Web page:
If you have a student in college or one who will attend college someday, you NEED to see God’s Not Dead—opening in theaters across the nation today.
I had the privilege of helping promote God’s Not Dead by screening it (though the screening got cancelled) in Northwest Arkansas. Circumstances kept the film from being shown but I did have the chance to watch the film and talk to those who came to the theater unknowingly.
Now, I preface my review by saying that I’m invested in developing apologetic skills so that I can train others (and myself) on being able to “make a defense of my faith” as God has instructed us to be prepared to do.
And, with three children just out of college (one is at the end of her senior year) I have come to understand that the main theme of the movie is real and lived out on campuses across the nation everyday. Our post (or anti)-Christian culture is presenting more significant challenges to students of Christian faith than at any time in our nations history. Left-leaning leaders lead most of our public universities, administratively and academically. I don’t state that as a judgment but as an observation that is hard to deny. Christian students are judged before they ever get a chance to display their faith through their actions. They are castigated, demeaned and positioned by professors and campus leaders as crutch-holders, less intelligent and even dangerous. The list of lawsuits on behalf of outspoken Christian students is growing faster and longer each year. That’s the backdrop of God’s Not Dead.
The film is set on a university campus where a student is registering for classes. His outerwear depicts his Christian faith. Upon registering for a particular professor’s philosophy class, the student who is doing the registration warns the student about this professor’s penchant for chewing up and spitting out Christians in front of the entire class, like those in the Roman Coliseum being fed to the lions. The student sticks to his choice and the movie begins.
Kevin Sorbo plays Professor Radisson, the atheist philosophy professor who enforces a rule in his class that every student must write three words on a sheet of paper in order to pass the class—God is dead—and sign their name to the paper. Every student starts writing this phrase on their paper and passing them to the professor, save one—Josh. Josh can’t bring himself to write those words because he’s a Christian and doesn’t believe that God is dead. What transpires after this scene is a student’s diligent preparation to take the challenge the professor has given him as a penalty for not signing that paper.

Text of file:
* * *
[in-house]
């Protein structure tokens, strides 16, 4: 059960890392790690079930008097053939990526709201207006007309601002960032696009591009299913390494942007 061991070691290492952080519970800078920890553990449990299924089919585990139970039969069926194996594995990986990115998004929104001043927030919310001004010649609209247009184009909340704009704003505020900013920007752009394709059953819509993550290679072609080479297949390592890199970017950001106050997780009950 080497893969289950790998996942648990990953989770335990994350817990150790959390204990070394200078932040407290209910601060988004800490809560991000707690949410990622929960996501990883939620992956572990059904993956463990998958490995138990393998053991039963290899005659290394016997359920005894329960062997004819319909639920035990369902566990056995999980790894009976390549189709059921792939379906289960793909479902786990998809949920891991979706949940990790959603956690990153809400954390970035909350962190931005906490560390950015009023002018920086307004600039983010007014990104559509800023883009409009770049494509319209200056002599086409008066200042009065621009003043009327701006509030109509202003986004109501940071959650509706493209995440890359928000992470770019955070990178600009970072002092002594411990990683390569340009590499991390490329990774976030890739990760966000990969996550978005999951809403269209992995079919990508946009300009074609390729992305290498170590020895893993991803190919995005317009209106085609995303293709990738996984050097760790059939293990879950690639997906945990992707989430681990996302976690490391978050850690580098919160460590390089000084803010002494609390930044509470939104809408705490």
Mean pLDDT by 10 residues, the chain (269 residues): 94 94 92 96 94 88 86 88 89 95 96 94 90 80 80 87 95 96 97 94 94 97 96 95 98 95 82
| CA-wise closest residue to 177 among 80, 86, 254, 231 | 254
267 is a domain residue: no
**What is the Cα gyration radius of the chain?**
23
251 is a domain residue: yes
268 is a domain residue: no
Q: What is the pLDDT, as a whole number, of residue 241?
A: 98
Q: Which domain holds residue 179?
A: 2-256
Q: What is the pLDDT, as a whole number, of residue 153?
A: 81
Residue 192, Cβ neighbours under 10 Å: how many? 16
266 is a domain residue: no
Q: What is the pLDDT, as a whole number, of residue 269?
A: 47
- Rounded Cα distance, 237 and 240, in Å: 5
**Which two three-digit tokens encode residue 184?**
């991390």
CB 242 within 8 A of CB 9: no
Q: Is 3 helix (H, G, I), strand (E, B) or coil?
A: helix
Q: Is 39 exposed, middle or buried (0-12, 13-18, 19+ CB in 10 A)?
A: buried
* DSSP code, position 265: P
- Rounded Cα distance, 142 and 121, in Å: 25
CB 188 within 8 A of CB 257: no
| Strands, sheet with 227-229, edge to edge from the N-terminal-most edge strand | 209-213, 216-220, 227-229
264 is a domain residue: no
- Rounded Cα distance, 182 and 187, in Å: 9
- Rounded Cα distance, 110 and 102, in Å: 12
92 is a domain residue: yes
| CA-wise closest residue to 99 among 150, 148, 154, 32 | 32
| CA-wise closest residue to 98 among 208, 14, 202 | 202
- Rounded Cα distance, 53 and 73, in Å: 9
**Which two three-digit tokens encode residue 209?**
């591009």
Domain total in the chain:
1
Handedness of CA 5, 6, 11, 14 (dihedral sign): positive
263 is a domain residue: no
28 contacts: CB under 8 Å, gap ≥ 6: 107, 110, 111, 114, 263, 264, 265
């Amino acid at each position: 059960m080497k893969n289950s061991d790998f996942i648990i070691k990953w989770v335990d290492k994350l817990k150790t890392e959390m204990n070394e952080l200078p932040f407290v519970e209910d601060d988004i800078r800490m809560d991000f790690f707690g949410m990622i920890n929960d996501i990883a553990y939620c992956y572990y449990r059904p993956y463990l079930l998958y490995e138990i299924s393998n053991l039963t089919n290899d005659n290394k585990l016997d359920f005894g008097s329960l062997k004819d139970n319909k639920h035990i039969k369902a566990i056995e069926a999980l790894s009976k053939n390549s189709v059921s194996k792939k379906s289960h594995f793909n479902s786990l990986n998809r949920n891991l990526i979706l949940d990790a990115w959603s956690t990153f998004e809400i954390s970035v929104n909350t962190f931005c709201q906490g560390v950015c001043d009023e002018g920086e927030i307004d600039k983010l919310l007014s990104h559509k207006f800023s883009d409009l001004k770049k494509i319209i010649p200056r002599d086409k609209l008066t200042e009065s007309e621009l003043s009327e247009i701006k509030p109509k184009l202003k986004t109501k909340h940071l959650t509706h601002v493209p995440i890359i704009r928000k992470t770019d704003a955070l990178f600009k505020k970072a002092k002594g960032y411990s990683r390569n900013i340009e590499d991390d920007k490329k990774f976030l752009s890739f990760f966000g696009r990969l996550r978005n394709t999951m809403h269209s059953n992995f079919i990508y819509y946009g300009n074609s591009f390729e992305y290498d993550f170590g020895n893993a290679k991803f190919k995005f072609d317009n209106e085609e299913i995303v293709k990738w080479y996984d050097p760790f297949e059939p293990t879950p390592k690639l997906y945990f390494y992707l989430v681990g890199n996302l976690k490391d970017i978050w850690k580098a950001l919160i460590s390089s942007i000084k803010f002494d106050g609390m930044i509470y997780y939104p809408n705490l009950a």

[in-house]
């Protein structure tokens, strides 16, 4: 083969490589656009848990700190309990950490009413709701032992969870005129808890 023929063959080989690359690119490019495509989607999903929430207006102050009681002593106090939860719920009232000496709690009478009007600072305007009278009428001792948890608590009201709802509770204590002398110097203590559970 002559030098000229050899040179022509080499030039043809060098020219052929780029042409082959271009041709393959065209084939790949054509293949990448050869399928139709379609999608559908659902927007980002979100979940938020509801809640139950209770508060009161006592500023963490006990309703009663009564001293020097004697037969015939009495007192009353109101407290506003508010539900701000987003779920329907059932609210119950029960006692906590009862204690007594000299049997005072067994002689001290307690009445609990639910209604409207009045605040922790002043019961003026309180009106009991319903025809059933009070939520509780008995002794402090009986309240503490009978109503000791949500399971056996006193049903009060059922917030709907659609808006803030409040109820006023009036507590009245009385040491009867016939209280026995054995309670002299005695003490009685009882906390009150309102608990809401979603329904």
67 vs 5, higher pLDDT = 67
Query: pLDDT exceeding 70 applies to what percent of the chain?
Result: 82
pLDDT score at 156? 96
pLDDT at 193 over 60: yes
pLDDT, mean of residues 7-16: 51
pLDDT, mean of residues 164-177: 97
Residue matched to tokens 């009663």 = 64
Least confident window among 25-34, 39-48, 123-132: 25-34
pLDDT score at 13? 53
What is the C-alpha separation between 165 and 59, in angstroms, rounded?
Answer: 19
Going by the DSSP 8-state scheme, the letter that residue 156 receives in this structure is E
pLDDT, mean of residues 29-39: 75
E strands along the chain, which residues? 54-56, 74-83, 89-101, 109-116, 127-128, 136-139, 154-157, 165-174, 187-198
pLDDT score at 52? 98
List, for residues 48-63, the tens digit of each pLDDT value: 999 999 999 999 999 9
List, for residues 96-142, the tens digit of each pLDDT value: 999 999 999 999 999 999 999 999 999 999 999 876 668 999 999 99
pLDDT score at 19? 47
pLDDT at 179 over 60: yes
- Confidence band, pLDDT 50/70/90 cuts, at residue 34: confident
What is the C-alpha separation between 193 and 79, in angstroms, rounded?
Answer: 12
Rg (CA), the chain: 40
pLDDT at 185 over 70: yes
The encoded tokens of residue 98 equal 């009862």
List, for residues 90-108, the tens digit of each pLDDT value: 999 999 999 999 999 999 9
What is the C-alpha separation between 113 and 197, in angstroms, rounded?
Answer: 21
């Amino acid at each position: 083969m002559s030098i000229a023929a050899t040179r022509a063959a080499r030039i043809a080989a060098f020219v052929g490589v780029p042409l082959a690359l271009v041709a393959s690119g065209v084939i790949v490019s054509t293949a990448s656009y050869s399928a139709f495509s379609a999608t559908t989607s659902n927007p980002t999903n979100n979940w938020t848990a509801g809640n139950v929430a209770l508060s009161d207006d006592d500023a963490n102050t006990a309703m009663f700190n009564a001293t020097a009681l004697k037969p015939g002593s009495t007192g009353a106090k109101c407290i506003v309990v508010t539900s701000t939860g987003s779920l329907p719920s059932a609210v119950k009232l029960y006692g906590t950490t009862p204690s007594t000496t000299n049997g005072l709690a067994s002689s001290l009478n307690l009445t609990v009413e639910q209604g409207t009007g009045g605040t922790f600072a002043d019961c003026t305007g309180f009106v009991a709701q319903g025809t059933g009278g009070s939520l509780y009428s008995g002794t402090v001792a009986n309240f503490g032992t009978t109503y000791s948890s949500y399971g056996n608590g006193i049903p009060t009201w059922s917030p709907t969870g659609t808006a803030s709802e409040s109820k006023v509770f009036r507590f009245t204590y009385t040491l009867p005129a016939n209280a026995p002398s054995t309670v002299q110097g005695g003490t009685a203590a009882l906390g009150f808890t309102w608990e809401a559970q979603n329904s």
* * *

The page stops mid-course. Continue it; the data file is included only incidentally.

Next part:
There are a number of side stories that all weave together in some fashion. And, Willie and Korie Robertson and the Newsboys make cameo appearances in the film.
I have to be honest and say that some of the side stories felt a little unnecessary or forced into the film and then went under or un-developed. I understand what the writers were trying to accomplish. Our nation has begun to wage war on Christians on many fronts and it felt that the filmmakers wanted to address as many of those issues as possible in the short time the film is on the screen. I must say that I may have seen a version of the film that has since been edited so maybe some of the scenes or stories were eliminated in the theatrical version. However, I didn’t feel that those stories took any of the punch away from the main story of how Josh handles the Professor, the arguments he makes in class for the existence of God and support for his belief that God is NOT dead and the impact Josh’s defense has on the classmates that are exposed to reasons they had likely never heard, even if they were church-goers.
I thought the movie was well acted, solidly written (regarding the main storyline) and, provided great support and encouragement for those in the Christian faith that they can make solid, intellectual and well reasoned arguments for the faith in the face of adversity or even hostility.
I’d also recommend the film to anyone who may have questions about Christianity and have been persuaded by atheist arguments who claim there is not a God or no defense for proving there is a God. The arguments that the movie advances for the existence of God are the main arguments that Christian philosophers like Greg Koukl of Stand to Reason, William Lane Craig of Reasonable Faith and others like them are using on the internet and in debates with atheists around the globe. The movie is entertaining and educational.
I recommend the film for church youth groups, parents with teenage and college age kids, college student ministry groups, and anyone who wants to be better prepared to give a response for the hope that we have as Christ-ones to the growing outspoken and active atheist based audience.
This weekend is the most important weekend for the movie. If we want to continue to see these kind of movies in the theaters, it’s imperative that we support them at the box office. So, now that you’ve read the review…get your tickets!!